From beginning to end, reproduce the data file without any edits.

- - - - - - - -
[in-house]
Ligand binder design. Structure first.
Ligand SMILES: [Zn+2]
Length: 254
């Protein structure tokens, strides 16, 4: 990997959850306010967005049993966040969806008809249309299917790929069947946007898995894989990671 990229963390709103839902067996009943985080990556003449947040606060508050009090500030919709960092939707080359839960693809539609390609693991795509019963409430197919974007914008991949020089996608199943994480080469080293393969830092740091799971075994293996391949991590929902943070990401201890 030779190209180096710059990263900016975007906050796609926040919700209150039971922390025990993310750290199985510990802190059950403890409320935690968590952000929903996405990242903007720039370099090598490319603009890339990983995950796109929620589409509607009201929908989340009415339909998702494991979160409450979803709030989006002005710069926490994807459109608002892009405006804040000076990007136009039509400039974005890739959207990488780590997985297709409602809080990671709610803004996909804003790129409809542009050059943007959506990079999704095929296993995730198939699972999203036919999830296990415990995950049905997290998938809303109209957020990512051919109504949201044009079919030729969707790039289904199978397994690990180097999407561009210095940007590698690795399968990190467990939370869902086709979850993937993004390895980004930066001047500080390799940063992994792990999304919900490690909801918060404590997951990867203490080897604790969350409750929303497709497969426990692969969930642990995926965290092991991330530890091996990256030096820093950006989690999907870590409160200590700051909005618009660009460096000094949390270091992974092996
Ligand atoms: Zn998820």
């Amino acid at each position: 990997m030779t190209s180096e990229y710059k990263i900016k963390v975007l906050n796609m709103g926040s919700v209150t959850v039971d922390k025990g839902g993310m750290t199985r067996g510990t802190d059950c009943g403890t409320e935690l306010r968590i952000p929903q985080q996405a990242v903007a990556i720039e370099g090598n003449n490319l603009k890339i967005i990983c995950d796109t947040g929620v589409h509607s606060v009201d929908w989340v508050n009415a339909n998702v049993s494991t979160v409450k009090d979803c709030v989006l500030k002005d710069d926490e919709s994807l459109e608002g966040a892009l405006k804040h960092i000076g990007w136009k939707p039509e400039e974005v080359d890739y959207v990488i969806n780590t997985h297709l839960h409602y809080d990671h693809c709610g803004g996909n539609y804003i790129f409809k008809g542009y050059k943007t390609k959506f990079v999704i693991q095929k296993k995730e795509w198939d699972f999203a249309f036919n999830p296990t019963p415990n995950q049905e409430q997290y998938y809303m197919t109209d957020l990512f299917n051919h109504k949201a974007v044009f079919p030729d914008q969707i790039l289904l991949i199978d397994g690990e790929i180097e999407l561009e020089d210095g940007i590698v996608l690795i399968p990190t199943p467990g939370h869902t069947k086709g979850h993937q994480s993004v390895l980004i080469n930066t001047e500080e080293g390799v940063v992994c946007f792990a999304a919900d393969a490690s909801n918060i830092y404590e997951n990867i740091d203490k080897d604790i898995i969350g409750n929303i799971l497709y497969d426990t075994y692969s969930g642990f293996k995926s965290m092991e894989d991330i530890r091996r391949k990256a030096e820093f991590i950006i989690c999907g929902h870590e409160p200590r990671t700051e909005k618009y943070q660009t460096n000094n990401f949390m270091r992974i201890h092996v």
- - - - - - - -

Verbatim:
[in-house]
Ligand binder design. Structure first.
Ligand SMILES: [Zn+2]
Length: 254
């Protein structure tokens, strides 16, 4: 990997959850306010967005049993966040969806008809249309299917790929069947946007898995894989990671 990229963390709103839902067996009943985080990556003449947040606060508050009090500030919709960092939707080359839960693809539609390609693991795509019963409430197919974007914008991949020089996608199943994480080469080293393969830092740091799971075994293996391949991590929902943070990401201890 030779190209180096710059990263900016975007906050796609926040919700209150039971922390025990993310750290199985510990802190059950403890409320935690968590952000929903996405990242903007720039370099090598490319603009890339990983995950796109929620589409509607009201929908989340009415339909998702494991979160409450979803709030989006002005710069926490994807459109608002892009405006804040000076990007136009039509400039974005890739959207990488780590997985297709409602809080990671709610803004996909804003790129409809542009050059943007959506990079999704095929296993995730198939699972999203036919999830296990415990995950049905997290998938809303109209957020990512051919109504949201044009079919030729969707790039289904199978397994690990180097999407561009210095940007590698690795399968990190467990939370869902086709979850993937993004390895980004930066001047500080390799940063992994792990999304919900490690909801918060404590997951990867203490080897604790969350409750929303497709497969426990692969969930642990995926965290092991991330530890091996990256030096820093950006989690999907870590409160200590700051909005618009660009460096000094949390270091992974092996
Ligand atoms: Zn998820």
């Amino acid at each position: 990997m030779t190209s180096e990229y710059k990263i900016k963390v975007l906050n796609m709103g926040s919700v209150t959850v039971d922390k025990g839902g993310m750290t199985r067996g510990t802190d059950c009943g403890t409320e935690l306010r968590i952000p929903q985080q996405a990242v903007a990556i720039e370099g090598n003449n490319l603009k890339i967005i990983c995950d796109t947040g929620v589409h509607s606060v009201d929908w989340v508050n009415a339909n998702v049993s494991t979160v409450k009090d979803c709030v989006l500030k002005d710069d926490e919709s994807l459109e608002g966040a892009l405006k804040h960092i000076g990007w136009k939707p039509e400039e974005v080359d890739y959207v990488i969806n780590t997985h297709l839960h409602y809080d990671h693809c709610g803004g996909n539609y804003i790129f409809k008809g542009y050059k943007t390609k959506f990079v999704i693991q095929k296993k995730e795509w198939d699972f999203a249309f036919n999830p296990t019963p415990n995950q049905e409430q997290y998938y809303m197919t109209d957020l990512f299917n051919h109504k949201a974007v044009f079919p030729d914008q969707i790039l289904l991949i199978d397994g690990e790929i180097e999407l561009e020089d210095g940007i590698v996608l690795i399968p990190t199943p467990g939370h869902t069947k086709g979850h993937q994480s993004v390895l980004i080469n930066t001047e500080e080293g390799v940063v992994c946007f792990a999304a919900d393969a490690s909801n918060i830092y404590e997951n990867i740091d203490k080897d604790i898995i969350g409750n929303i799971l497709y497969d426990t075994y692969s969930g642990f293996k995926s965290m092991e894989d991330i530890r091996r391949k990256a030096e820093f991590i950006i989690c999907g929902h870590e409160p200590r990671t700051e909005k618009y943070q660009t460096n000094n990401f949390m270091r992974i201890h092996v």